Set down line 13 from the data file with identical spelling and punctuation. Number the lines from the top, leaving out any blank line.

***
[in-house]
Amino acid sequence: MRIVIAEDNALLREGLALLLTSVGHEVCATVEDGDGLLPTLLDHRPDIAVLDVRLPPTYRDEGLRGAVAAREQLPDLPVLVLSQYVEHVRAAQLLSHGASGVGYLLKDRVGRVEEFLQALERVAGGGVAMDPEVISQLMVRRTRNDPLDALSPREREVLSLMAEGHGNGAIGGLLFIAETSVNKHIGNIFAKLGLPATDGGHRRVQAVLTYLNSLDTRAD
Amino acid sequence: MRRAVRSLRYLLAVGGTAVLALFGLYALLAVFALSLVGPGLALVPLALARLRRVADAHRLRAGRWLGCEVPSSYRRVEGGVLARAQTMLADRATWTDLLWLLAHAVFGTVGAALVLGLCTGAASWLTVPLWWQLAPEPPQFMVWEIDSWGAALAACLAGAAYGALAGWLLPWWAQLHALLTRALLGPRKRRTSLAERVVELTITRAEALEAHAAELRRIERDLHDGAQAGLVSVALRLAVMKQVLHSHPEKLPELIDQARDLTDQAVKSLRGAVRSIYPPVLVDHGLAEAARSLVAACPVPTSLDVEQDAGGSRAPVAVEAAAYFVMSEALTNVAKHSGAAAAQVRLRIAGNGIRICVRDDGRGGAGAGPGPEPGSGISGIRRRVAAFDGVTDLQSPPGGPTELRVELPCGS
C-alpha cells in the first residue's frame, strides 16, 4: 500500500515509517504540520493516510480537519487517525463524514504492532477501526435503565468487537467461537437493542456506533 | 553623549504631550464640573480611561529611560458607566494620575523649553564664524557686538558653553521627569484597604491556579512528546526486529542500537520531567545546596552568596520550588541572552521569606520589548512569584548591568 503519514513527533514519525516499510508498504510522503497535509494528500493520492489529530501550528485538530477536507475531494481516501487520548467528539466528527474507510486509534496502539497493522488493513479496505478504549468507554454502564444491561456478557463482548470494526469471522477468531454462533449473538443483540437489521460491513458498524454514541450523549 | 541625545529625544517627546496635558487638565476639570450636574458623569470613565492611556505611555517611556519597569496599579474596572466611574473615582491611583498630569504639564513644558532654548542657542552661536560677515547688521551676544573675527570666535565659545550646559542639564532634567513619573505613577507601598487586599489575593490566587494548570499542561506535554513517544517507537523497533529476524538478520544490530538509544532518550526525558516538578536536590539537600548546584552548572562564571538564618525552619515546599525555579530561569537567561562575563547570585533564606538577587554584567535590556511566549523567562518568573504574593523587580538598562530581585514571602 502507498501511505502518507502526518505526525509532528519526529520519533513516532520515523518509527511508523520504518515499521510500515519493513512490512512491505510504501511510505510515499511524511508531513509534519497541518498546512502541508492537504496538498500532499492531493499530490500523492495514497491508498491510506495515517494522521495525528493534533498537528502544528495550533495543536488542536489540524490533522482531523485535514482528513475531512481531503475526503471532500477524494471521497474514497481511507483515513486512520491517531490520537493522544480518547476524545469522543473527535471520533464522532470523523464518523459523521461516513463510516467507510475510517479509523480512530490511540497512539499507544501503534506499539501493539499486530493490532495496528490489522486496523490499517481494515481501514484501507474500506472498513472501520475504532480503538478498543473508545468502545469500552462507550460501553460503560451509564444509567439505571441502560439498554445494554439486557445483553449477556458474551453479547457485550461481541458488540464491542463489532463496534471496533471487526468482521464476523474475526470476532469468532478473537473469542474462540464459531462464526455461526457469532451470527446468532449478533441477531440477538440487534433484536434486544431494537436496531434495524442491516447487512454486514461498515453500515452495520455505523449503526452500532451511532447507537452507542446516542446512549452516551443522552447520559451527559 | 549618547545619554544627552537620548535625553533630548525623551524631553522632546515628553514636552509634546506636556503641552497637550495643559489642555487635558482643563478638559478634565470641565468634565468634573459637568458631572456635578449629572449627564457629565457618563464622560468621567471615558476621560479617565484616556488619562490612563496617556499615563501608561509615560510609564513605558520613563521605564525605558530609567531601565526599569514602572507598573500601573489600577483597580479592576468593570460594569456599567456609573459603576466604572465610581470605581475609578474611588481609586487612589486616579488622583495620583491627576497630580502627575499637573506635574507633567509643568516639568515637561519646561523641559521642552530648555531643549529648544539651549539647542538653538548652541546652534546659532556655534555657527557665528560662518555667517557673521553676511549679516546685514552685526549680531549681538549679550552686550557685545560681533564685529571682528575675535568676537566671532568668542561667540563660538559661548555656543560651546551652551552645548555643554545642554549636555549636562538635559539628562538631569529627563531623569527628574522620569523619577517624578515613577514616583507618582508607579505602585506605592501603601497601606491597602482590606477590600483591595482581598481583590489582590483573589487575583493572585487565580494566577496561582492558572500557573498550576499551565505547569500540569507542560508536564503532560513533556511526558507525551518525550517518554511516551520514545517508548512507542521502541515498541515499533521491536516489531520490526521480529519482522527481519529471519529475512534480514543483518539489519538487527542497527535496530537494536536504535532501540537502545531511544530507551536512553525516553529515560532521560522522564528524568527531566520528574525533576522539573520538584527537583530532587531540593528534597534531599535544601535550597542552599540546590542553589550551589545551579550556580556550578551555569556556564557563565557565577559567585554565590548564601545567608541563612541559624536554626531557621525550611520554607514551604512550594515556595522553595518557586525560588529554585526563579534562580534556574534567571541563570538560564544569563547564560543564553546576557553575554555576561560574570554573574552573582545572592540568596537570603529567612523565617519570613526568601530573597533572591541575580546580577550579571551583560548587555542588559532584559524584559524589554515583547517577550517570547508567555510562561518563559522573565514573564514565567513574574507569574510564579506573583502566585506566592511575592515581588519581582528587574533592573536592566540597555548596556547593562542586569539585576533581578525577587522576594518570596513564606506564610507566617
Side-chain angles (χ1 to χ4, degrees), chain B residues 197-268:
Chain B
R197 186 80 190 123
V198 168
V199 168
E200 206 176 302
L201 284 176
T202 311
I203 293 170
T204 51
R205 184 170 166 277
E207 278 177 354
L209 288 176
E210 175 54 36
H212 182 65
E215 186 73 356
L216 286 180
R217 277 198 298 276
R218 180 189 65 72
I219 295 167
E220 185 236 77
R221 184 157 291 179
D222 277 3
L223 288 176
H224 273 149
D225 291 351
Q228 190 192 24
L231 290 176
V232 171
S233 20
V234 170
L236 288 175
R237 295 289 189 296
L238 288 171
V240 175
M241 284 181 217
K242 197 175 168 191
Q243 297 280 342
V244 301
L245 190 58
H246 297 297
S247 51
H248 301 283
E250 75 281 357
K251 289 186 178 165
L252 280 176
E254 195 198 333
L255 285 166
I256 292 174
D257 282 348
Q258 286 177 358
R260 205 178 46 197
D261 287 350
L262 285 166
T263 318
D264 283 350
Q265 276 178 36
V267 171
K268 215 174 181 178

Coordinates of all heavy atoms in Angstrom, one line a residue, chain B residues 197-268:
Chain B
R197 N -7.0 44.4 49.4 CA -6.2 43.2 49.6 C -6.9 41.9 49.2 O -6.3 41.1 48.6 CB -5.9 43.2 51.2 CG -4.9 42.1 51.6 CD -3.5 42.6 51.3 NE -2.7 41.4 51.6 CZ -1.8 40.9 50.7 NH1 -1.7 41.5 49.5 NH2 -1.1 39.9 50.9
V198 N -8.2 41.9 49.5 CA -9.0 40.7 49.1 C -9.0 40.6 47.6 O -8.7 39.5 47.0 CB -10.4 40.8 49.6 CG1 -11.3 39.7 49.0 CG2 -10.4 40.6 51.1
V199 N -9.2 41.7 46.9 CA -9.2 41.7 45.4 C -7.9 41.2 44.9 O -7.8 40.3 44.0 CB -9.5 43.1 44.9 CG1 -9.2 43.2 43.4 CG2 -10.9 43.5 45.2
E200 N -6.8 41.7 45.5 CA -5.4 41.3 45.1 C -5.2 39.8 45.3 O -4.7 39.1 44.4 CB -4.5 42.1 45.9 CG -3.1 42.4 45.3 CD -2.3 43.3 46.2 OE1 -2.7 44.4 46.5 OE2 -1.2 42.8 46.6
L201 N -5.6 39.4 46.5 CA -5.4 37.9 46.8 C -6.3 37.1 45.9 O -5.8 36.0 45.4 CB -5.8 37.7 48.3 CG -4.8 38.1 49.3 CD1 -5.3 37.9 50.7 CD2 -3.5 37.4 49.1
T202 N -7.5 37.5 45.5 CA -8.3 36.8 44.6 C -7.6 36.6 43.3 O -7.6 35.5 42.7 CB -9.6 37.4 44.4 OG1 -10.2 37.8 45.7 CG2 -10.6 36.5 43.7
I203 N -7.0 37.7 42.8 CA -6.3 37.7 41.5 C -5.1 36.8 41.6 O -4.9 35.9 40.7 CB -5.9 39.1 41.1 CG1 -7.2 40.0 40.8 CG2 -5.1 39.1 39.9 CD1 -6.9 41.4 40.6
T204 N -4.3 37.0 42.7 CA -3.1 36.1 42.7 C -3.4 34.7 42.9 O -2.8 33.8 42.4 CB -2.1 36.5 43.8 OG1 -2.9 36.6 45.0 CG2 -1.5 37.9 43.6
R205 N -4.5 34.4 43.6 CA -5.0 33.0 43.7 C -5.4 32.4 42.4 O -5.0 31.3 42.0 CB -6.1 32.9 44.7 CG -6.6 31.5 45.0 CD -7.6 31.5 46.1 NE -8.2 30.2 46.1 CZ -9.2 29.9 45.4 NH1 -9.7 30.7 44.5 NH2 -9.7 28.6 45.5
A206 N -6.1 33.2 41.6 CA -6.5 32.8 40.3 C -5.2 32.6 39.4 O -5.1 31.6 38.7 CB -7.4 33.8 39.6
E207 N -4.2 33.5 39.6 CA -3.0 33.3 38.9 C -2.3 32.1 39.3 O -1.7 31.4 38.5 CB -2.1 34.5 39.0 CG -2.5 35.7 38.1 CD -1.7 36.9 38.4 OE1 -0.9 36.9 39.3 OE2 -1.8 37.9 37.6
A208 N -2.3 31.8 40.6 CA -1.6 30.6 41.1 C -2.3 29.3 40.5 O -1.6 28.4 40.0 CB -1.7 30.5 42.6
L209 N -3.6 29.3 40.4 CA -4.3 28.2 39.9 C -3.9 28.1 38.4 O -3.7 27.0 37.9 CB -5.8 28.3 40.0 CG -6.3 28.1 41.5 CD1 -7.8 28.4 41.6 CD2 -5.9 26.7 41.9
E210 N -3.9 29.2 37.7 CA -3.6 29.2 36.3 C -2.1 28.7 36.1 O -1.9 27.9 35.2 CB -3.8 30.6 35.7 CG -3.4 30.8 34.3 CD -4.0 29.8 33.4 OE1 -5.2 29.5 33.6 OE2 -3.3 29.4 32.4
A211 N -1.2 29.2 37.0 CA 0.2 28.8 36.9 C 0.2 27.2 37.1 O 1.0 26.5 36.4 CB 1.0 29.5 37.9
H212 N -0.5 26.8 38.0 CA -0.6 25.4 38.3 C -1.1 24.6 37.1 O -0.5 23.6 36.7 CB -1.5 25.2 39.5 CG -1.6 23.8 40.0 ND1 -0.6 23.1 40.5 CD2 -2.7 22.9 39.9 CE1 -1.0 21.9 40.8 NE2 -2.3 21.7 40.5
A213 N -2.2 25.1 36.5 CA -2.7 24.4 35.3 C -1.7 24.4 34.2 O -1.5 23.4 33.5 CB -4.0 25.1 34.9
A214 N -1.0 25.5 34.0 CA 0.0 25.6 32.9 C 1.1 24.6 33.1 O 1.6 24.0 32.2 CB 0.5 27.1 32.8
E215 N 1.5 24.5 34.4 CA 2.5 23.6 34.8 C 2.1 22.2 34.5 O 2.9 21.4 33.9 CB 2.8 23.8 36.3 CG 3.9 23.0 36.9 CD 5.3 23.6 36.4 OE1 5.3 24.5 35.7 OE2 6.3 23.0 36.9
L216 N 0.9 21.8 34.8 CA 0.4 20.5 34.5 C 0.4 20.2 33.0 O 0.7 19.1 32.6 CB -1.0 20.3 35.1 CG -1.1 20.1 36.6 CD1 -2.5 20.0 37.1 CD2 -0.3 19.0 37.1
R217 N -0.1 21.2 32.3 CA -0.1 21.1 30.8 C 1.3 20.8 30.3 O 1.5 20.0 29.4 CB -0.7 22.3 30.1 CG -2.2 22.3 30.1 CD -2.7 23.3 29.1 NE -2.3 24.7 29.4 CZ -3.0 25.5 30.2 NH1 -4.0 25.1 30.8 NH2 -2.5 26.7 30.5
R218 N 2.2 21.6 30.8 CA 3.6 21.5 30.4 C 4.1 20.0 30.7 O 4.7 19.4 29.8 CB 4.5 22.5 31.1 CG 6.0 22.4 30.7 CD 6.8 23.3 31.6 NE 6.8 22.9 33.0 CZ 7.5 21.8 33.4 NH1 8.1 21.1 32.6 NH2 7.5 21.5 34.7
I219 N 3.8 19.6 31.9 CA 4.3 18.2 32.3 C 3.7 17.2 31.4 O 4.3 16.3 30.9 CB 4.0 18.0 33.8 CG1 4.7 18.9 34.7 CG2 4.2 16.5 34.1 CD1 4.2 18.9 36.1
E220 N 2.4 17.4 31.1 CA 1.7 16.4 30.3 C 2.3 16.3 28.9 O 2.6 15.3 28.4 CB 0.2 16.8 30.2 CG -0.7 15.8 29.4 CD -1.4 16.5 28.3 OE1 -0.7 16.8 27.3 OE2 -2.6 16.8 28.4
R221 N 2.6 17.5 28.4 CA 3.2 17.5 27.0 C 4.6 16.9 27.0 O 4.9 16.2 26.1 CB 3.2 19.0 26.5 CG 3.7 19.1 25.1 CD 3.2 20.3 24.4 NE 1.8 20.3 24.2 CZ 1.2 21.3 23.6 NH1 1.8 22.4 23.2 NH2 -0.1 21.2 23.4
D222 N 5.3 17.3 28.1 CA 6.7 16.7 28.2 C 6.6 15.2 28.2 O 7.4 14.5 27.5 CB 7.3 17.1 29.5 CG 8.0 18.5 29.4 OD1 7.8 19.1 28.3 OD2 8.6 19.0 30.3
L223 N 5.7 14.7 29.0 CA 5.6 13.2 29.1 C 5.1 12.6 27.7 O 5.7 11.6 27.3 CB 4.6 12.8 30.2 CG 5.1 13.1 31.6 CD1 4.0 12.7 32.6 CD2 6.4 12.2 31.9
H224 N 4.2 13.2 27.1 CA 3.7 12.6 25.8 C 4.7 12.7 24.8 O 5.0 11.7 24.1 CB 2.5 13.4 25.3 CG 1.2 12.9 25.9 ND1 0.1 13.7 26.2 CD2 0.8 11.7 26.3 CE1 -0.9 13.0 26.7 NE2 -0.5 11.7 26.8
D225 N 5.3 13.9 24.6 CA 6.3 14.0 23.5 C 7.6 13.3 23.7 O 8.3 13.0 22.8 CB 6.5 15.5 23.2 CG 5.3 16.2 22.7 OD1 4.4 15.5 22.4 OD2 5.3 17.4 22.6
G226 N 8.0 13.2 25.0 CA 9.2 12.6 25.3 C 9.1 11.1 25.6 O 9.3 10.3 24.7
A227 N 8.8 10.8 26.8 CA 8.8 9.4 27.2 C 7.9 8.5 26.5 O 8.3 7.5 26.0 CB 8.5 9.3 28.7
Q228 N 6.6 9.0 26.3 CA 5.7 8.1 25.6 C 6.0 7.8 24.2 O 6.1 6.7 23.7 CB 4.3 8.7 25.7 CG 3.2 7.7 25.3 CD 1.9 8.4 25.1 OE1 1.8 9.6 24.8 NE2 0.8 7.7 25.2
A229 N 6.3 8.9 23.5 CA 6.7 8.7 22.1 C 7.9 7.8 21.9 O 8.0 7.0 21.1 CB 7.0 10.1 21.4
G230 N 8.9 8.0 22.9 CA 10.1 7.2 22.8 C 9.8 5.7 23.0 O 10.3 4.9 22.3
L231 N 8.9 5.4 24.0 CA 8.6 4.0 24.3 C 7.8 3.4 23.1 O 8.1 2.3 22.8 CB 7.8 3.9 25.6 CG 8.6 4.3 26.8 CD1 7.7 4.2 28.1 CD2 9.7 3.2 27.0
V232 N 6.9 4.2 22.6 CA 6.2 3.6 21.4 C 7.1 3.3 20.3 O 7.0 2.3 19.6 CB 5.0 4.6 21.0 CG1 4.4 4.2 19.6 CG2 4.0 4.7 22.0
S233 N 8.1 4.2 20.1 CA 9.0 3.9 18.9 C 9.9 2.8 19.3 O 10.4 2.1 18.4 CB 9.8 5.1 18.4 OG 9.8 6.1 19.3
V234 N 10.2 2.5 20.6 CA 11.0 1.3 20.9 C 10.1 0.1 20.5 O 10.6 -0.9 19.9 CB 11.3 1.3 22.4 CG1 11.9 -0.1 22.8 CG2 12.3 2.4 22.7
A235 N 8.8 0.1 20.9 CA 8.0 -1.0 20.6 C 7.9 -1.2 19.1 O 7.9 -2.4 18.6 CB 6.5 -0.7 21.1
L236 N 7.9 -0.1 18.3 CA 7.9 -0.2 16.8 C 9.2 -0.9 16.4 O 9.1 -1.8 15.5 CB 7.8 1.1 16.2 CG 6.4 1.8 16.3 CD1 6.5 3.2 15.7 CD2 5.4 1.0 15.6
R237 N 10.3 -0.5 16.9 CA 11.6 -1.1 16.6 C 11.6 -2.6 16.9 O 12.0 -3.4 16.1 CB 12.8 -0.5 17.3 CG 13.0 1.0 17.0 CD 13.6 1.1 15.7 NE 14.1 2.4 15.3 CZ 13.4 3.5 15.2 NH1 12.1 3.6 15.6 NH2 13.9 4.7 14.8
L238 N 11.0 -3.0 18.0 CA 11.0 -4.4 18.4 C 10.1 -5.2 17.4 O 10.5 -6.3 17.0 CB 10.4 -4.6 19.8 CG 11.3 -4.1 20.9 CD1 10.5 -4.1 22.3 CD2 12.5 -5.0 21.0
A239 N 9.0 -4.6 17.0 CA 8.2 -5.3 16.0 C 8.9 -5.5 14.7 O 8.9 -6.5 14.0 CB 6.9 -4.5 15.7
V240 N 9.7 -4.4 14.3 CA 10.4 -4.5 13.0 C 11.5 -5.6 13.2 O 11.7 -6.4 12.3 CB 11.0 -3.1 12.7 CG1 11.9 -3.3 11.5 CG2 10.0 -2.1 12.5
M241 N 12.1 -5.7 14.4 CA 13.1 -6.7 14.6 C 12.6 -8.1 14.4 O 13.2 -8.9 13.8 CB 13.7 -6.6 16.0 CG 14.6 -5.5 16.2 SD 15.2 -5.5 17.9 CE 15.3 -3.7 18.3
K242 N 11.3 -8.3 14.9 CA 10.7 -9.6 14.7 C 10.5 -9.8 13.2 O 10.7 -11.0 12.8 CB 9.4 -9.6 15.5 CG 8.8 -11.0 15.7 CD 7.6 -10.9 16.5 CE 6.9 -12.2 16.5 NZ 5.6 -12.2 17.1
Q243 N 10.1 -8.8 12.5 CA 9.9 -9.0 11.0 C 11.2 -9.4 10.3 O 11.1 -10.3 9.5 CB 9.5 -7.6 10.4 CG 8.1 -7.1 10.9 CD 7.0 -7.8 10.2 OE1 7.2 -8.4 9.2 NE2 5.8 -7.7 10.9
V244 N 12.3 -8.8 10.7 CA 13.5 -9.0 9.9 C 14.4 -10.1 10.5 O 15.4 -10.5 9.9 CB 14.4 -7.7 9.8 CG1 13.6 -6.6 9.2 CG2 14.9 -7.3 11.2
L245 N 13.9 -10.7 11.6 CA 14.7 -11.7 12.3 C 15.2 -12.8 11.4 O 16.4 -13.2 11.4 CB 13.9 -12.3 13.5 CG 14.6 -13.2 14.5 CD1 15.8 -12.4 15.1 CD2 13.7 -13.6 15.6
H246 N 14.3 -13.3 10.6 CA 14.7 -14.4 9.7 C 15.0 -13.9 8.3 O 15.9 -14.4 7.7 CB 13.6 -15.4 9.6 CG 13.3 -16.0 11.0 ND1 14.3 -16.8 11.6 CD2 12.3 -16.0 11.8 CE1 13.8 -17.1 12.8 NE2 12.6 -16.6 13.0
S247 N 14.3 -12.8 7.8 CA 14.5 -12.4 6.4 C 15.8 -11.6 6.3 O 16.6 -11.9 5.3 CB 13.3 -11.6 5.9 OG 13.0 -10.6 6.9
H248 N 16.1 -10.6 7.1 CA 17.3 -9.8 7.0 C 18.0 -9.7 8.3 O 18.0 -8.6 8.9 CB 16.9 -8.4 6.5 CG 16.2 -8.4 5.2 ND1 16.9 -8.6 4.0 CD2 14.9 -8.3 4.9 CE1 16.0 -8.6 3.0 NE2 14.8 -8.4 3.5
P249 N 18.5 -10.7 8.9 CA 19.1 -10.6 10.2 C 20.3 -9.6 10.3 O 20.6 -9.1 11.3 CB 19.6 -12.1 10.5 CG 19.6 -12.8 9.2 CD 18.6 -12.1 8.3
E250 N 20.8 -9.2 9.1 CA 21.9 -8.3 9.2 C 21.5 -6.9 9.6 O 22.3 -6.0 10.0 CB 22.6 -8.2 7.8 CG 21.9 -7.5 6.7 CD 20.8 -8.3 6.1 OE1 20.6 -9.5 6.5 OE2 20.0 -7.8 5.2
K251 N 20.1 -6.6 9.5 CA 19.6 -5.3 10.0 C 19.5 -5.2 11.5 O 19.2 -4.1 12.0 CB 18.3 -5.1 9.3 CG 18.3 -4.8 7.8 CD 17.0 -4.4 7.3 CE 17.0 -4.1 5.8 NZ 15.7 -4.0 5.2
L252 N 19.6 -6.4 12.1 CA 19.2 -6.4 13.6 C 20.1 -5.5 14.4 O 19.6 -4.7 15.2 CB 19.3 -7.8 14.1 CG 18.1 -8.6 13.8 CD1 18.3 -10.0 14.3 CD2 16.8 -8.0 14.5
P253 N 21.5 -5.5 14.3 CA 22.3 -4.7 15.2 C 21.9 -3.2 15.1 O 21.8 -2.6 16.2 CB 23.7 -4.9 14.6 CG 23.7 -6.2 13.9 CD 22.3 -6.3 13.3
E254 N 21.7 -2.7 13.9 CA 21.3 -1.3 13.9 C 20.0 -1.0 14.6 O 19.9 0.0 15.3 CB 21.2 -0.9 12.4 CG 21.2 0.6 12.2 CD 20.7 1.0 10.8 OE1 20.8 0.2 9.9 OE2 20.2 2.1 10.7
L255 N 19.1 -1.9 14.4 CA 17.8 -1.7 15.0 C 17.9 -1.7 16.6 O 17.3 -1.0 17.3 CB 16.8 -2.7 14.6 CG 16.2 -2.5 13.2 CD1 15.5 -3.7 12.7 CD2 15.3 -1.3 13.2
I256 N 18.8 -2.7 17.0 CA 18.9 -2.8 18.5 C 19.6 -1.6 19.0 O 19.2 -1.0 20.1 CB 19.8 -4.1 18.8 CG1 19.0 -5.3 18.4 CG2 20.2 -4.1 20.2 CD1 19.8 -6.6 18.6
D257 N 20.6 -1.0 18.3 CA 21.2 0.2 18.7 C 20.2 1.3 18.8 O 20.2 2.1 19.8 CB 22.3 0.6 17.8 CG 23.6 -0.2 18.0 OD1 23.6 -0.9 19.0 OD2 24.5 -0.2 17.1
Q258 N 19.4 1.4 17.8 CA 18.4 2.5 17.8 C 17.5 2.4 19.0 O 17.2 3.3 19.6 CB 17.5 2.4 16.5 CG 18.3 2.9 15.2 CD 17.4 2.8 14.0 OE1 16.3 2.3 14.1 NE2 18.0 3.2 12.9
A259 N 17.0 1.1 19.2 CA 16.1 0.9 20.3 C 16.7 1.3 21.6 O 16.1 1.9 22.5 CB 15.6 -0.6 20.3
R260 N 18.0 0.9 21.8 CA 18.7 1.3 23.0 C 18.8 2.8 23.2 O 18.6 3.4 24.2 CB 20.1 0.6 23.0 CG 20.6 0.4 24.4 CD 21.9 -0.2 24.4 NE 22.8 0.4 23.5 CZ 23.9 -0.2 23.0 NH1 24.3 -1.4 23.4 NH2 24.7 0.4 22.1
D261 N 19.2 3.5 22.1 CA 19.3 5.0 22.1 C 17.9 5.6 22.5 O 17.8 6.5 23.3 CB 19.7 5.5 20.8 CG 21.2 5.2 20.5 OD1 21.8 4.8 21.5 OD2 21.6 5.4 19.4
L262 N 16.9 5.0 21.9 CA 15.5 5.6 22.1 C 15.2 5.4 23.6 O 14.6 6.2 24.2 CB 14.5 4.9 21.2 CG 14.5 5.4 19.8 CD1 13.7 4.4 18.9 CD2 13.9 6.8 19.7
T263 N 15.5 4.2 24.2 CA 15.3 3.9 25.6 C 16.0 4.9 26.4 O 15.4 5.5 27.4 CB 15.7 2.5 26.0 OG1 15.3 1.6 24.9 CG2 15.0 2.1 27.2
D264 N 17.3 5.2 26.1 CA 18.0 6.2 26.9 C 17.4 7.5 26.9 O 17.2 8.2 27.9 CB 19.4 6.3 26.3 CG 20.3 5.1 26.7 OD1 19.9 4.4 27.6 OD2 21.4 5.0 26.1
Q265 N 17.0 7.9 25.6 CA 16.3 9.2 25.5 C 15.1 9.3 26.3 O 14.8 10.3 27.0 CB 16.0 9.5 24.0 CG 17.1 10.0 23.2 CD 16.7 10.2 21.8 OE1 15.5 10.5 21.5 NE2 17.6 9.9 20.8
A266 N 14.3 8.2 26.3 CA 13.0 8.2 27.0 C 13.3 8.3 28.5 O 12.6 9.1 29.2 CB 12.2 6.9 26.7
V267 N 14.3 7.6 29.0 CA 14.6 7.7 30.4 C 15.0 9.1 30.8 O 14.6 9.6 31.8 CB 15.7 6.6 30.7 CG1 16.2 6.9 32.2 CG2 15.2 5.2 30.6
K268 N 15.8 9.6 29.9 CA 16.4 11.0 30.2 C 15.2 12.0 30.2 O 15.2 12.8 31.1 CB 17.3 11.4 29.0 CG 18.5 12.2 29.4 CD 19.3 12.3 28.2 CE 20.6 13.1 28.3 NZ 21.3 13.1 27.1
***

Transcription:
I203 293 170